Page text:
Confident, fit riders from intermediate standards onwards. Confident at all paces and able to ride 6 to 7 hours each day over varied and sometimes challenging terrain. Walking on foot may be required over some of the challenging terrain.
A smile and a good sence of humour is required!
The weight limit for this ride is 14 st/198 lb/90 kg, please enquire if you are an experienced rider exceeding this weight.
During the 3 day historical trek, accommodation is in the same 3 star Gite where you will enjoy delicious food influenced by the neighbouring Perigord. Once you have transferred to Mimizan, you will stay in the Guest House at the riding center. Lunches are picnics and are relaxed and leisurely, often followed by a short siesta. Lunch and dinner are made from typical food from Pays Basque and are prepared by the owners of the accommodation.
Vegetarian or other dietary requirements can be accommodated with advanced notice. Please contact Unicorn Trails with requests.
This area has a more continental climate, which bears some resemblance to that found in west Germany and Switzerland. The high mountain areas have their own distinctive climates with heavier precipitation, much of it snow in winter. Only along the Mediterranean coast and in the adjacent mountain regions is summer generally settles, sunny and warm. Everywhere else in France the weather can be changeable at all times of the year.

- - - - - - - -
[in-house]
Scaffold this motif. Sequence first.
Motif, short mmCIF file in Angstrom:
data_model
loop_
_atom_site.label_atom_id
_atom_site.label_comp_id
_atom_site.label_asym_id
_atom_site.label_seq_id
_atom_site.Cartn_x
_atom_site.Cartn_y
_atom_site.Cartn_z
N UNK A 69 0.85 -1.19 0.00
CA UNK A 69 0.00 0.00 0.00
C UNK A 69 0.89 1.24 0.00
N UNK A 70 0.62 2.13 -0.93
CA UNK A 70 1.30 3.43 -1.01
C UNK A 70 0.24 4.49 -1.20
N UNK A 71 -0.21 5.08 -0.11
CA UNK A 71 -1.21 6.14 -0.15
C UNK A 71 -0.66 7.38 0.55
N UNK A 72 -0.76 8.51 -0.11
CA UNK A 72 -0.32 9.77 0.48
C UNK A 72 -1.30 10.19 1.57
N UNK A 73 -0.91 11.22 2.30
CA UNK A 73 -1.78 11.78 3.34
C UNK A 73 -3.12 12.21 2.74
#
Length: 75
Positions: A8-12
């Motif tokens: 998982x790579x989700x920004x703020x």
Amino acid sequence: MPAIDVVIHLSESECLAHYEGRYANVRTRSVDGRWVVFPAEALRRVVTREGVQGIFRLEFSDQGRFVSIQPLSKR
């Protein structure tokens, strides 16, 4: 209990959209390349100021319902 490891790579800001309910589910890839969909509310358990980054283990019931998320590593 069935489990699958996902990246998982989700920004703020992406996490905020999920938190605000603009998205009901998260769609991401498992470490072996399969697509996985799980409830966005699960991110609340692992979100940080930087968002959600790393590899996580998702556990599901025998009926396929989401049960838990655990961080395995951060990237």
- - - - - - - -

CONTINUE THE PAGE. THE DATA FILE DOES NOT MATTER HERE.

There are no particular health issues associated with this type of ride.
There is electricity to charge batteries in the hotels and gites, however we recommend that all necessary equipment is bought with you or purchased upon arrival in France. You should check with your network provider for mobile phone coverage while in France
We have put together a suggested packing list for your trip. This should be used as a guideline as requirements may very according to your programme and preferences.
• Riding Helmet - we strongly recommend that you wear a properly fitted riding helmet of the current standard which is PAS015 or BSEN1384. Helmets are available at the stables if you do not have your own
• Jodhpurs - jodhpurs, breeches or other comfortable trousers (jeans may rub and can also be quite hot)
• Riding Boots - it is important to have correct shoes or boots for horse riding. Jodhpur or ankle boots with a rubber sole are recommended but sturdy shoes with a definite heel are acceptable (such as walking boots)
• Half Chaps - these are great when worn with ankle boots and help prevent the stirrup leathers rubbing against your legs
• T-shirts and long-sleeved shirts
• Fleece - for cooler weather